HomeSwap Direct searches set to hit 1.5 million Social tenants who have been stuck in homes that no longer meet their needs are seizing the…
HomeSwap Direct searches set to hit 1.5 million
Social tenants who have been stuck in homes that no longer meet their needs are seizing the opportunity to up sticks through the HomeSwap Direct scheme, boosting their chances of getting a job, living nearer to family or simply improving their quality of life, Housing Minister Grant Shapps announced today.
The Minister welcomed latest figures showing that there are nearly 6,000 searches a day conducted on HomeSwap Direct - an online scheme that shows social homes available for swaps across the country. The total number of searches since it launched in October 2011 is shortly expected to hit the 1.5million milestone.
For the first time HomeSwap Direct has allowed tenants to easily look outside the service provided by their own landlord and be given a choice about where they live. With the scheme being online, it has made advertised swaps much more accessible for all tenants and the possibility of moving house just a click away.
The scheme has transformed the way in which tenants can look for properties and boosted their prospects of moving - whether for work, to be closer to family or for a property better suited to their needs.
Previously, tenants wanting to move were restricted to swapping properties through a scheme chosen by their landlord - effectively meaning only a partial swap scheme existed. HomeSwap Direct gives tenants access to a much wider selection of properties than ever before.
Some of the success stories of HomeSwap Direct include:
- Syvie from Coventry found a job in London. She registered on House Exchange in March and moved in June. It would have been too expensive for her to commute to her new job and says the service meant she didn’t have to “live temporarily with family members”
- Claudia had lived in her small village home in Norfolk for 12 years but needed to reduce her car journeys. She was able to swap with a family in Norwich looking for a more rural setting. “I’m delighted with my new home, there was such a large selection, but I know I’ve got the right one for me.”
- Mark had been living in Greenwich for 14 years and wanted to move out to nearer his family in Kent. With his mother Anne’s help, Mark moved four months later. “I was able to help Mark find his exchange with the benefit of HomeSwap Direct which made it much easier” she said.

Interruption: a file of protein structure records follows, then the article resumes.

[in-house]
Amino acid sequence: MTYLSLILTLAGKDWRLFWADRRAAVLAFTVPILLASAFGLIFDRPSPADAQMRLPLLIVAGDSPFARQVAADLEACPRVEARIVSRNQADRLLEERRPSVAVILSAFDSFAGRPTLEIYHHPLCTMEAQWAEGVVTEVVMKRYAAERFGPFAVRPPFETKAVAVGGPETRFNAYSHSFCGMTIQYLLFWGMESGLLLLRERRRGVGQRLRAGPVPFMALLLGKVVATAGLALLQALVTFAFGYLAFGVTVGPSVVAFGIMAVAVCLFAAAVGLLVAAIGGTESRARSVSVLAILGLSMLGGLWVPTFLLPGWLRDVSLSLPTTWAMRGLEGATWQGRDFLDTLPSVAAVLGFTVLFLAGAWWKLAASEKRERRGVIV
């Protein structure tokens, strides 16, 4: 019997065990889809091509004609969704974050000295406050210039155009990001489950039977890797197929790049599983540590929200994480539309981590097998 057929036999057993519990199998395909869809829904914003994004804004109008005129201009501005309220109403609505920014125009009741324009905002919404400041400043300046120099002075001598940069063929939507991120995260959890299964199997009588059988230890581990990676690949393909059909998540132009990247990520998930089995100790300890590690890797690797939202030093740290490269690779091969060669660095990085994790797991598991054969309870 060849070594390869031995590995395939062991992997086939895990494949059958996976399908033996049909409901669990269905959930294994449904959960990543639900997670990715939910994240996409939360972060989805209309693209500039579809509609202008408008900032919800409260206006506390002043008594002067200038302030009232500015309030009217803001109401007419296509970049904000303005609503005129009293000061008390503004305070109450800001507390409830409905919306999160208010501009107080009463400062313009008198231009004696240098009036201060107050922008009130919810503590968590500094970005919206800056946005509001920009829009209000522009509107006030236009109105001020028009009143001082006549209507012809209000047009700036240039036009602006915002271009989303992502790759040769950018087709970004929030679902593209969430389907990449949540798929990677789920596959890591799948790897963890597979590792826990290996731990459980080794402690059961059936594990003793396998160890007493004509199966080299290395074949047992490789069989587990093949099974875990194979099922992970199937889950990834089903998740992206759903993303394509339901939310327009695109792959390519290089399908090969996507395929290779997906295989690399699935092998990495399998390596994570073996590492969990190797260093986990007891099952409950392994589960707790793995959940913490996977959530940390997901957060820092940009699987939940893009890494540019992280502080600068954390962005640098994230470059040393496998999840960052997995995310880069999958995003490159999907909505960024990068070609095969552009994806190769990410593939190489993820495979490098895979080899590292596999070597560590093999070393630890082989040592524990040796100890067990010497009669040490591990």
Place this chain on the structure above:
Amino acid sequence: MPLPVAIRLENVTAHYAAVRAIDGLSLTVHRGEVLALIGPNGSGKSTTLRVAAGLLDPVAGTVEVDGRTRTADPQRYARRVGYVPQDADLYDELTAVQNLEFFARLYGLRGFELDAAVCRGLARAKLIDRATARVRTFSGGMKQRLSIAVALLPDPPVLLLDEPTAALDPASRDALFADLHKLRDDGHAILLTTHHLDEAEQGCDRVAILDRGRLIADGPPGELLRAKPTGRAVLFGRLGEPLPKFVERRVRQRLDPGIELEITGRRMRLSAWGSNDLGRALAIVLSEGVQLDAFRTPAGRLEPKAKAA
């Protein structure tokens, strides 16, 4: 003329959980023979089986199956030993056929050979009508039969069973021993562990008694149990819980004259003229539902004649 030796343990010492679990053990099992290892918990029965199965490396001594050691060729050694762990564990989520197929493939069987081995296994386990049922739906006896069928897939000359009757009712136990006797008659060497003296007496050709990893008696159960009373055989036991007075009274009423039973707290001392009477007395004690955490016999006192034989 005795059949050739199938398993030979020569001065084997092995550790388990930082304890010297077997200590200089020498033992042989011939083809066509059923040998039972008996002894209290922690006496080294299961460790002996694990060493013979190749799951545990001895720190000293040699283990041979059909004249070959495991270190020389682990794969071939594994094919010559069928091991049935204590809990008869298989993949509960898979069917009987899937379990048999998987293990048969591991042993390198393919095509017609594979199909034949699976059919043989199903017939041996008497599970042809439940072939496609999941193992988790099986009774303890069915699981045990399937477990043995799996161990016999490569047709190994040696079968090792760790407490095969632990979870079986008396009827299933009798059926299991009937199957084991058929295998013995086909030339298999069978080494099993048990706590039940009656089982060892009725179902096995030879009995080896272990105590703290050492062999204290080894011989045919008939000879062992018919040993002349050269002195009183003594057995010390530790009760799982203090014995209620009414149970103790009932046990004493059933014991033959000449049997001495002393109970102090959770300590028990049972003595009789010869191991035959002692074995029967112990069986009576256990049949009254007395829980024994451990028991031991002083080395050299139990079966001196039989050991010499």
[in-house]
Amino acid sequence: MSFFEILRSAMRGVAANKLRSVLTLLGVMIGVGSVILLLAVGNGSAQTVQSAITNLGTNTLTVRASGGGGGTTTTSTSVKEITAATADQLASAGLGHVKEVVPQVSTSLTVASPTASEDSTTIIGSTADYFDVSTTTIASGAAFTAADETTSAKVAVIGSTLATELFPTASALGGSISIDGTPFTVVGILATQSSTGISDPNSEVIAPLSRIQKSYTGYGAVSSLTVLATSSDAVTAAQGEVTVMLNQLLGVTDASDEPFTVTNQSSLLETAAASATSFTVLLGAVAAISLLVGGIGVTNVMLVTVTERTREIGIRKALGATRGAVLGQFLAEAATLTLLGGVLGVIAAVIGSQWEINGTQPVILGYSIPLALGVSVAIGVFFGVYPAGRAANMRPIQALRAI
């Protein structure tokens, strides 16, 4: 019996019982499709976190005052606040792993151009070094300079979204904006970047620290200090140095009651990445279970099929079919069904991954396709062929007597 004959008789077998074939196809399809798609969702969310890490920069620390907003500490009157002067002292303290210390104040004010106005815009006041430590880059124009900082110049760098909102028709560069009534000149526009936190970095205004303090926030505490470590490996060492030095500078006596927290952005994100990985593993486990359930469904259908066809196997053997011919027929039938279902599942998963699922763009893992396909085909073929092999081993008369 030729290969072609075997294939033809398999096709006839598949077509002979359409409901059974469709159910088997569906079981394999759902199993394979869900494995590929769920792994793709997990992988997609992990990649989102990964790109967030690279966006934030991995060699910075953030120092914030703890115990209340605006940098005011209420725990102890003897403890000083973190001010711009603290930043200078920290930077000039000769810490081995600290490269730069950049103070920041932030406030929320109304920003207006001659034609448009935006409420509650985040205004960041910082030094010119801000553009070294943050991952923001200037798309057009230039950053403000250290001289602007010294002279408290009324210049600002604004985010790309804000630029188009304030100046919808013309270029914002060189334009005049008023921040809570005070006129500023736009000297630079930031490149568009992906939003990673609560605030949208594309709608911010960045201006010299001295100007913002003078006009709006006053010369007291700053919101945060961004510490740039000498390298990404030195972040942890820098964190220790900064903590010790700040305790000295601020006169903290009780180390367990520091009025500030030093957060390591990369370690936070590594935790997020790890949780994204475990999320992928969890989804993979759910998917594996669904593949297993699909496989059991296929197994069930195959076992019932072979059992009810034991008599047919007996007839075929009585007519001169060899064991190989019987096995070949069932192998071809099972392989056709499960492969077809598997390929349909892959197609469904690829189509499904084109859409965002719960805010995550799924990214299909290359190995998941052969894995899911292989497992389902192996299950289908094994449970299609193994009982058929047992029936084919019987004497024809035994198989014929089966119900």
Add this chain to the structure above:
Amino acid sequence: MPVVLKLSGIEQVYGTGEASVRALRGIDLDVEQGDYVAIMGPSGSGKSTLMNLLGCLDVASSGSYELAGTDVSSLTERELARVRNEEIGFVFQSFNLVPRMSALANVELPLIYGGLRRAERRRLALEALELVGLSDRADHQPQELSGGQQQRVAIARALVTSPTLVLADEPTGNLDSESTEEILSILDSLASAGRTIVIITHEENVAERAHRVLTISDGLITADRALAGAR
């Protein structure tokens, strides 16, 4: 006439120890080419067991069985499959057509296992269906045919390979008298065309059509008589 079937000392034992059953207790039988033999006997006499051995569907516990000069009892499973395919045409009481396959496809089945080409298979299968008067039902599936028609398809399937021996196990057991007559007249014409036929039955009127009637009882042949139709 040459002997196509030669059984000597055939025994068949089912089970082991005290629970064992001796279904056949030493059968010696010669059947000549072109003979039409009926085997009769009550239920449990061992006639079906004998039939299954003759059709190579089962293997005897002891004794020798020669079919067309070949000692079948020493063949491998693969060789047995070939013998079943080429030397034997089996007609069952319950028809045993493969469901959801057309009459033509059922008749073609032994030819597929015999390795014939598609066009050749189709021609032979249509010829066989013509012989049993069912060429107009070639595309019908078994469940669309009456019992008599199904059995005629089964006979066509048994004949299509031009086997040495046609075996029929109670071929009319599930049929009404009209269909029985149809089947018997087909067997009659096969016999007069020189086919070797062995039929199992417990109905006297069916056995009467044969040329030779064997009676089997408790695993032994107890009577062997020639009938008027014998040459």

Grant Shapps said:
For years, social tenants were stuck in the ridiculous situation where they didn’t have the same freedom of choice as everyone else and could only swap homes with those using the same service as their landlord - or face competition from those higher up the waiting lists.
HomeSwap Direct has challenged this lazy consensus that trapped people in their homes. Instead, tenants are taking power back to arrange their own home swap by viewing properties available not just in their neighbourhood, but across the whole country.
And with nearly 6,000 searches every day, and nearly 1.5million since the its launch, this successful scheme is clearly opening doors that were simply closed to social tenants, giving them a chance to improve their job prospects, live closer to family or simply move to a home better suited to their changing needs.
Notes to editors
HomeSwap Direct brings together four internet-based providers of mutual exchange services (HomeSwapper, House Exchange, Abritas and LHS (Locata)) to offer tenants more choice over where they live.
A membership agreement which has been developed by Government and joined by these providers is available on the Department for Communities and Local Government website. This sets out the framework under which information will be shared by providers, the technical requirements of the scheme and the processes by which new members can apply to join. A copy can be found here: www.communities.gov.uk/documents/corporate/pdf/2200950.pdf.
A new Tenancy Standard came into force on 1 April 2012 and places a requirement on social landlords in England to subscribe to an internet-based mutual exchange service. The provider of the service must be a signatory to an agreement such as HomeSwap Direct under which tenants can access matches across all (or the greatest practicable number of) internet based mutual exchange services.